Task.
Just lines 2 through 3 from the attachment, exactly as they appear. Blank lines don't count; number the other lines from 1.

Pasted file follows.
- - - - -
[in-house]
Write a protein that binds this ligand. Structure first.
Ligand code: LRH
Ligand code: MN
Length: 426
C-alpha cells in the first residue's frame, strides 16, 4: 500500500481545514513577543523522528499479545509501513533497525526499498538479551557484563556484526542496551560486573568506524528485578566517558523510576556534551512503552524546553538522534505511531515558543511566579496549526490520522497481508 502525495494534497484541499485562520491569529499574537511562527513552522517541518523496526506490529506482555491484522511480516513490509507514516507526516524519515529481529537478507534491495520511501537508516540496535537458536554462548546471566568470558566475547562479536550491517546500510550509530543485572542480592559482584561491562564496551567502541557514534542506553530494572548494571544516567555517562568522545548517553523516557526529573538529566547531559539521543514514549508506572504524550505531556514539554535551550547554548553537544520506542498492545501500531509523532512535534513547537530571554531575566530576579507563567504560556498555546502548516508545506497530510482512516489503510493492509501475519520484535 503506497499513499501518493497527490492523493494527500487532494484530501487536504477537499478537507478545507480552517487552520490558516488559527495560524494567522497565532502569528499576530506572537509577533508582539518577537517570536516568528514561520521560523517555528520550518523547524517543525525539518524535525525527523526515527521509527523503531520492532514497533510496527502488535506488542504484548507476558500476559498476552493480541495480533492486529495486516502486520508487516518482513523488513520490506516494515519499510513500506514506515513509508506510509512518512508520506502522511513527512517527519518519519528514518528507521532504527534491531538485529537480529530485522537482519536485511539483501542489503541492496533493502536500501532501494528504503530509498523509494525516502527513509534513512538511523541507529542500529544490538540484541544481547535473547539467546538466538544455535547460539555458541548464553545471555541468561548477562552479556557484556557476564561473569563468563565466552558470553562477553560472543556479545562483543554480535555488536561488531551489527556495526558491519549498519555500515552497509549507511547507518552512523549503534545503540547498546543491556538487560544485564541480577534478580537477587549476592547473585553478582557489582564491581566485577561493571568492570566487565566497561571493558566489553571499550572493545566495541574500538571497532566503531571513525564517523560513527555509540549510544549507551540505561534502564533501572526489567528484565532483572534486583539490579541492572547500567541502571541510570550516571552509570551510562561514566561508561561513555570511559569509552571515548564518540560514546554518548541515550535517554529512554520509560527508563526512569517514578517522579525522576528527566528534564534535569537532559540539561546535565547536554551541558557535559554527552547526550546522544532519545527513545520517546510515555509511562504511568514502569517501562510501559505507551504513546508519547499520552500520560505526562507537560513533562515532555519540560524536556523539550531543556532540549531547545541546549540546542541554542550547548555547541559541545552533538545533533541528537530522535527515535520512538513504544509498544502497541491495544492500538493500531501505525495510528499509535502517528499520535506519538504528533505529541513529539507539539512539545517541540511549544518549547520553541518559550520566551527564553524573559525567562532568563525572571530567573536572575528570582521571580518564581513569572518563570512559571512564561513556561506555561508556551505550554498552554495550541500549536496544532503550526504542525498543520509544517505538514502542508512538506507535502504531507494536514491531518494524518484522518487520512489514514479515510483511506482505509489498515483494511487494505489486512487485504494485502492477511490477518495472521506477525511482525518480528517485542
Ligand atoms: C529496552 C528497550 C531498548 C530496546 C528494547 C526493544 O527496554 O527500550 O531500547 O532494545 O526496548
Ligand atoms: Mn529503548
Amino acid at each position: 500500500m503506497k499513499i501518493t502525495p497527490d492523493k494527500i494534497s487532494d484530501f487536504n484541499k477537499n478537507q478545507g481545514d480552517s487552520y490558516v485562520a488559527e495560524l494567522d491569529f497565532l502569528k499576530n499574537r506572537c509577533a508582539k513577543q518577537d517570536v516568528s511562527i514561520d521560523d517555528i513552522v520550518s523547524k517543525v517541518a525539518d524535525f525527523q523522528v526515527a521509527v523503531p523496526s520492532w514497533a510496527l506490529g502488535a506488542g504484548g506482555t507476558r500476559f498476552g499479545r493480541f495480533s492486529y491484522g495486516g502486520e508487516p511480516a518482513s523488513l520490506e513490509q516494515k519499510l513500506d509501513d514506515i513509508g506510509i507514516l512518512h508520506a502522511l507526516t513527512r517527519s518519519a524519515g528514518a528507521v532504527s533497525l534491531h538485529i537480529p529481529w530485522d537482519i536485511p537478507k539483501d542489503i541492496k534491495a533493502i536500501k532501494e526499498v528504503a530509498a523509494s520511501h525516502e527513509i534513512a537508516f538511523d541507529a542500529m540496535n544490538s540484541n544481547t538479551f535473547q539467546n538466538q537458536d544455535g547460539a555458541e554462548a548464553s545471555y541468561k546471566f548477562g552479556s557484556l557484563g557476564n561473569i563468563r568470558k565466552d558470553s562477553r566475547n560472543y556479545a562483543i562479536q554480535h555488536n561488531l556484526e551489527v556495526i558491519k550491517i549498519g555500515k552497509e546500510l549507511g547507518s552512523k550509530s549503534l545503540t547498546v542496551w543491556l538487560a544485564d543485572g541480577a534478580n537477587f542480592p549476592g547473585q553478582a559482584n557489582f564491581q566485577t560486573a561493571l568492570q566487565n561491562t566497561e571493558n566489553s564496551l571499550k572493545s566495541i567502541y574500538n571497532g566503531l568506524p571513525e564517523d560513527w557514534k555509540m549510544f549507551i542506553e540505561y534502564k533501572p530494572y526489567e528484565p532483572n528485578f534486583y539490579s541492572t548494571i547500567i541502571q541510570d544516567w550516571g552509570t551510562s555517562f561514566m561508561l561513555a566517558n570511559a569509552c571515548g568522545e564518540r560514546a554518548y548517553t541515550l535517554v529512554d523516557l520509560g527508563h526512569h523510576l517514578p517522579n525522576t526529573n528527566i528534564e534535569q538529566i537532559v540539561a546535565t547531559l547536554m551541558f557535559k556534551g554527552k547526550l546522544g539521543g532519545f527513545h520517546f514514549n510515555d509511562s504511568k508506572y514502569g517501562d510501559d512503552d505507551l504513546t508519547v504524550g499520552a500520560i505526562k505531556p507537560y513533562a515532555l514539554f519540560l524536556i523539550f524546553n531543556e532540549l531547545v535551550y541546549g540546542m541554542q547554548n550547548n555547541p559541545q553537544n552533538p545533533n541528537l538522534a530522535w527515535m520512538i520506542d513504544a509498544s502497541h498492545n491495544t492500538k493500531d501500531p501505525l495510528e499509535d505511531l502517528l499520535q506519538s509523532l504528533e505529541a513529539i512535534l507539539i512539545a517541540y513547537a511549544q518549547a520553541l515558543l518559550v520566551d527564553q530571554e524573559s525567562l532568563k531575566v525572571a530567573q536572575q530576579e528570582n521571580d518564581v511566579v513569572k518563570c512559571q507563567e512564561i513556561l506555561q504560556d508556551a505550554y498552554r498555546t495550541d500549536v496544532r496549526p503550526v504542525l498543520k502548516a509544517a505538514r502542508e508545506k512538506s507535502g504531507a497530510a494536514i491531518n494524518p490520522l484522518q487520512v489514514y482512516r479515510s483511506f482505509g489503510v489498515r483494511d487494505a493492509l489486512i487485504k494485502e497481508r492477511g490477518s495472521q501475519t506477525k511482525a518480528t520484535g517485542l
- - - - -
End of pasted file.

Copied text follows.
Write a protein that binds this ligand. Structure first.
Ligand code: LRH